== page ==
Ten years ago this week, West Country football lost one of its most admired characters, writes Andrew Clayton.
Adam Stansfield was just 31 when he died following a short battle with colorectal cancer, leaving behind a legacy like no other at the clubs he represented.
A lively centre forward, Exeter-born Stansfield endeared himself to supporters and teammates alike at Yeovil Town, Hereford United and home club Exeter City with his charisma, demeanour and knack for scoring goals.
Starting out at Cullompton Rangers and Elmore in the Western League, the Devon youngster impressed Yeovil’s Gary Johnson and was an immediate hit, as he became the Glovers’ top goalscorer for the 2001-02 season and slotted once in a 2-0 win over Stevenage for the FA Trophy.
However, a leg break on the opening day of the following campaign ruled him out for a year, and in 2004 he made the switch to Hereford United. He hit the ground running to help his new side into the Conference play-offs, where they lost out in the semi-finals, but the Bulls came back in 2006 with Stansfield starting as they earned a place back in the Football League.
That year, the striker returned to his home city with the Grecians, who were then toiling in the Conference. His time at St James Park, which included back-to-back promotions into the English third tier, is now ingrained into the club’s history.
Now, Adam’s memory is upheld by all those involved with Exeter, whether they were old enough to remember him play or not. The club’s new grandstand bears his name, while his number nine shirt was retired by the club for nine seasons. After consulting with the Adam Stansfield Foundation, set up by his widow Marie, it was decided that Adam’s jersey would be brought back this year for a homegrown player, bestowed to academy striker Ben Seymour for 2020-21.
Grecians manager Matt Taylor played alongside Stansfield after signing in 2007. He said: “My main memories of him are of him as a person. I was new into the full-time professional football environment but Stanno welcomed me and was a great character to have in the changing room – someone for the younger players to look up to and admire, but also someone who went out of his way to make you welcome.
“You would walk past him, he would smile, he would say, ‘Hello’, you’d grab a beer with him and he’d smile, in training he would run after a ball and keep on smiling, it was just his attitude and personality. As a person he was second to none.”
For the supporters, Stansfield’s legacy means just as much. Tom Vickery and his brother Jack religiously follow the Grecians home and away, and some of Tom’s fondest match memories were of watching their number nine.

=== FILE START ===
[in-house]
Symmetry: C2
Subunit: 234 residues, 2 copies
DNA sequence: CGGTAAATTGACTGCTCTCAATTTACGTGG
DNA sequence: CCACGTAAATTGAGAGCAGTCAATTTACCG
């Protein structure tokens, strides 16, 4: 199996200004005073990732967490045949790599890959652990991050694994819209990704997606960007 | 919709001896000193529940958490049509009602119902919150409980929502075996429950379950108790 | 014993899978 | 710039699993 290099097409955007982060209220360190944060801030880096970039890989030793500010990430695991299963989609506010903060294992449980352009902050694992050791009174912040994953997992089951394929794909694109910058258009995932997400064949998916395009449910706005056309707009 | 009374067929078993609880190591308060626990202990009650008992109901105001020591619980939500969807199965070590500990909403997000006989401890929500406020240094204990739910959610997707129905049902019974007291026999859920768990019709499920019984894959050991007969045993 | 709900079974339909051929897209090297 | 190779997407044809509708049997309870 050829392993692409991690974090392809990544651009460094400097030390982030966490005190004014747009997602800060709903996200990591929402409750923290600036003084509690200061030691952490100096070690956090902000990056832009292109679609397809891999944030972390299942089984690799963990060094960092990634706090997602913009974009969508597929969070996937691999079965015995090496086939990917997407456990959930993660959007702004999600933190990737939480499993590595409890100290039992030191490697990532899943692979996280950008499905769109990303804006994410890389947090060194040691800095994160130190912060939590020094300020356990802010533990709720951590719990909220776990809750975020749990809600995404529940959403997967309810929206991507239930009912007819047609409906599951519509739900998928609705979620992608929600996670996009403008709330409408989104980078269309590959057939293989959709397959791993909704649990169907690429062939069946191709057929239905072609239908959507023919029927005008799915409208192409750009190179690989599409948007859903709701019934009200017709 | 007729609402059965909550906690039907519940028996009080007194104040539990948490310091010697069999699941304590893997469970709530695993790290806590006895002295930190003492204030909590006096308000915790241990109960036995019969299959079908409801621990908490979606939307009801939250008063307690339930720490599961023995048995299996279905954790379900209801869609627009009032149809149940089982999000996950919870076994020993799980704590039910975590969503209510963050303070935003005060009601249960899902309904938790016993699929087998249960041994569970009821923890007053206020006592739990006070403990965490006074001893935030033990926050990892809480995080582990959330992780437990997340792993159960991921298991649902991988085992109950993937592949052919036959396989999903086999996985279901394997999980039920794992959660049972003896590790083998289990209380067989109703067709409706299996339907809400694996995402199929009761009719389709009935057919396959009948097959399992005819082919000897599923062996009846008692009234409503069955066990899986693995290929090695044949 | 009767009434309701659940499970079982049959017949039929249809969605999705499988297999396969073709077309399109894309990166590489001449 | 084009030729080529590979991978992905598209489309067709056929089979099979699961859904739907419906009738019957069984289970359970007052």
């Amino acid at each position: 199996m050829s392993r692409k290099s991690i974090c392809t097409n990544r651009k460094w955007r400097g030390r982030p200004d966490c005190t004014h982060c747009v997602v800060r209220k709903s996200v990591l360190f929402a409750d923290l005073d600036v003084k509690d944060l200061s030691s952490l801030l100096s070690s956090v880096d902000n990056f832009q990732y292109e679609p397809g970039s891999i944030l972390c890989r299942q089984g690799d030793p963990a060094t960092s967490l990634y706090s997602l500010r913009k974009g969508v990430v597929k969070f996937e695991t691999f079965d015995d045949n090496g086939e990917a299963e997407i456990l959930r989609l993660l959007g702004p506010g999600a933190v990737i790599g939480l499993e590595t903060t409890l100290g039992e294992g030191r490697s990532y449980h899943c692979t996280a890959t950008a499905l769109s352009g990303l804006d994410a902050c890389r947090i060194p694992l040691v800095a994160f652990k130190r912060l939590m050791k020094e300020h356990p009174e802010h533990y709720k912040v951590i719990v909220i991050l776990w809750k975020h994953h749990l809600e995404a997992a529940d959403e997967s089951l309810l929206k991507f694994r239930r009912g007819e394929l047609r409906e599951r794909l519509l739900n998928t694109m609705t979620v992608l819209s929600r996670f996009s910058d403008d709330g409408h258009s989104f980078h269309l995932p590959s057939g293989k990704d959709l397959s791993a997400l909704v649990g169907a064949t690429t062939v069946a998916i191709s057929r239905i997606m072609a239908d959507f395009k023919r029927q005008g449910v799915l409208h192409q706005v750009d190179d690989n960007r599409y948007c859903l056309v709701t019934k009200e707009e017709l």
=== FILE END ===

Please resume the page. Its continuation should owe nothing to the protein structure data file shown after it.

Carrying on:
Last year, the pair took on the Great West half-marathon on behalf of the Adam Stansfield Foundation, but decided to keep raising funds through auctions on football shirts, going on to make more than £65,000 in donations.
Just this week, the Vickerys have taken bids on jerseys signed by the current Liverpool squad, Burnley goalkeeper Nick Pope and even Plymouth Argyle team members.
Speaking to The Independent, Tom Vickery explained just what it means to support the cause and celebrate an Exeter City legend.
“People are aware of Adam and they’re just brilliant, asking what they can do,” he said. “I think that sums Adam up really, that they know his name and his career.
“All you see is pure love for him, because I think he was just brilliant with the fans. It was just his work rate; we could be 4-0 down and he would still be giving absolutely everything.
“It does go a long way. I haven’t seen someone work as hard as him, it’s so hard to follow somebody’s footsteps. Adam was just astonishing and he has a legacy at every single club. The Yeovil fans love him, the Hereford fans do, and the Exeter fans sing his song every single game. The fact that Adam is still sung about after ten years, his name is still rung around the ground, says it all.
“Players move on and unfortunately lose their lives, but for his name to still be rung out ten years later, it’s quite special.”
Somebody who might be able to follow in Adam’s footsteps is his son, Jay. The talented 17-year-old came through the academy at Exeter before switching to Fulham, where has only impressed in lilywhite.
Vickery continued: “With Jay, now Fulham have gone up to the Premier League, it will show his quality. He had his chances before the lockdown, sneaking around the first team, but then Aleksandar Mitrovic came back from injury. Adam would be so proud of Jay. You watch him play and his work rate is just the same as his dad’s, it’s unbelievable.
“Legend is overused, but Adam really was a legend.”